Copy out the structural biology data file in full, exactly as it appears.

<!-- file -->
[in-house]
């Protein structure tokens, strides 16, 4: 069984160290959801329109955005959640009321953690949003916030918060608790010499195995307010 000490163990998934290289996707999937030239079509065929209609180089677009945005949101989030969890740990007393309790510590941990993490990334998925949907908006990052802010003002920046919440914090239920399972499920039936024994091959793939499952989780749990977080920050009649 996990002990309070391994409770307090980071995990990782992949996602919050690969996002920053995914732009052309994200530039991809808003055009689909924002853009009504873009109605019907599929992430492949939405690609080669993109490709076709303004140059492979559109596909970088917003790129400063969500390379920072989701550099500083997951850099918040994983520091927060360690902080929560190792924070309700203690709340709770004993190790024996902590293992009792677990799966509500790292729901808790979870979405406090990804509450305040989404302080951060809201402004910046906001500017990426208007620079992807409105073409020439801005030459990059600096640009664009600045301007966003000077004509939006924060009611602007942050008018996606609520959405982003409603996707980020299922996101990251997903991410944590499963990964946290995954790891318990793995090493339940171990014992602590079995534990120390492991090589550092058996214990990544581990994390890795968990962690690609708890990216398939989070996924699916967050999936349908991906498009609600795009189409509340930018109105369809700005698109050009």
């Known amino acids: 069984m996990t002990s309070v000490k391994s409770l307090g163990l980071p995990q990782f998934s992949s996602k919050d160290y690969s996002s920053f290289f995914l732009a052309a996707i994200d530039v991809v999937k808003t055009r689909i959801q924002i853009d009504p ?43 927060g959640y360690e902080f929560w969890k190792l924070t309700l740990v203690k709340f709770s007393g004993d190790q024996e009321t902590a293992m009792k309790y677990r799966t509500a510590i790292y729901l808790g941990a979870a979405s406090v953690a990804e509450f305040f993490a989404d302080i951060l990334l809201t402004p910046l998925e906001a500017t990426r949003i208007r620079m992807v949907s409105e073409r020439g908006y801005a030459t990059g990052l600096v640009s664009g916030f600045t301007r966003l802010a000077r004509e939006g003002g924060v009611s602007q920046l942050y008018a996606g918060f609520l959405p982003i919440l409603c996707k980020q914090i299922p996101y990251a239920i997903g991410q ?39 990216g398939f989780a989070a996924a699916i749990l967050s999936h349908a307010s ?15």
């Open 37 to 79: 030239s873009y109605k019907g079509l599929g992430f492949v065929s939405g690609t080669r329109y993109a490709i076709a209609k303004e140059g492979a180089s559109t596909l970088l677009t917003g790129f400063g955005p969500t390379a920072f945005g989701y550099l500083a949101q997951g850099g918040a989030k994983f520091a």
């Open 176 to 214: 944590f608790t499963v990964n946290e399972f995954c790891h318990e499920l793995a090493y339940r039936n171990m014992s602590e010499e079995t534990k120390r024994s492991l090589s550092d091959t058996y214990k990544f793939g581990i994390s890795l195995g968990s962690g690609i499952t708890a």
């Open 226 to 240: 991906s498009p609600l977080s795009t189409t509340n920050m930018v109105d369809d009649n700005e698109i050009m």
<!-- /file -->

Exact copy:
[in-house]
């Protein structure tokens, strides 16, 4: 069984160290959801329109955005959640009321953690949003916030918060608790010499195995307010 000490163990998934290289996707999937030239079509065929209609180089677009945005949101989030969890740990007393309790510590941990993490990334998925949907908006990052802010003002920046919440914090239920399972499920039936024994091959793939499952989780749990977080920050009649 996990002990309070391994409770307090980071995990990782992949996602919050690969996002920053995914732009052309994200530039991809808003055009689909924002853009009504873009109605019907599929992430492949939405690609080669993109490709076709303004140059492979559109596909970088917003790129400063969500390379920072989701550099500083997951850099918040994983520091927060360690902080929560190792924070309700203690709340709770004993190790024996902590293992009792677990799966509500790292729901808790979870979405406090990804509450305040989404302080951060809201402004910046906001500017990426208007620079992807409105073409020439801005030459990059600096640009664009600045301007966003000077004509939006924060009611602007942050008018996606609520959405982003409603996707980020299922996101990251997903991410944590499963990964946290995954790891318990793995090493339940171990014992602590079995534990120390492991090589550092058996214990990544581990994390890795968990962690690609708890990216398939989070996924699916967050999936349908991906498009609600795009189409509340930018109105369809700005698109050009």
């Known amino acids: 069984m996990t002990s309070v000490k391994s409770l307090g163990l980071p995990q990782f998934s992949s996602k919050d160290y690969s996002s920053f290289f995914l732009a052309a996707i994200d530039v991809v999937k808003t055009r689909i959801q924002i853009d009504p ?43 927060g959640y360690e902080f929560w969890k190792l924070t309700l740990v203690k709340f709770s007393g004993d190790q024996e009321t902590a293992m009792k309790y677990r799966t509500a510590i790292y729901l808790g941990a979870a979405s406090v953690a990804e509450f305040f993490a989404d302080i951060l990334l809201t402004p910046l998925e906001a500017t990426r949003i208007r620079m992807v949907s409105e073409r020439g908006y801005a030459t990059g990052l600096v640009s664009g916030f600045t301007r966003l802010a000077r004509e939006g003002g924060v009611s602007q920046l942050y008018a996606g918060f609520l959405p982003i919440l409603c996707k980020q914090i299922p996101y990251a239920i997903g991410q ?39 990216g398939f989780a989070a996924a699916i749990l967050s999936h349908a307010s ?15």
């Open 37 to 79: 030239s873009y109605k019907g079509l599929g992430f492949v065929s939405g690609t080669r329109y993109a490709i076709a209609k303004e140059g492979a180089s559109t596909l970088l677009t917003g790129f400063g955005p969500t390379a920072f945005g989701y550099l500083a949101q997951g850099g918040a989030k994983f520091a």
């Open 176 to 214: 944590f608790t499963v990964n946290e399972f995954c790891h318990e499920l793995a090493y339940r039936n171990m014992s602590e010499e079995t534990k120390r024994s492991l090589s550092d091959t058996y214990k990544f793939g581990i994390s890795l195995g968990s962690g690609i499952t708890a």
């Open 226 to 240: 991906s498009p609600l977080s795009t189409t509340n920050m930018v109105d369809d009649n700005e698109i050009m």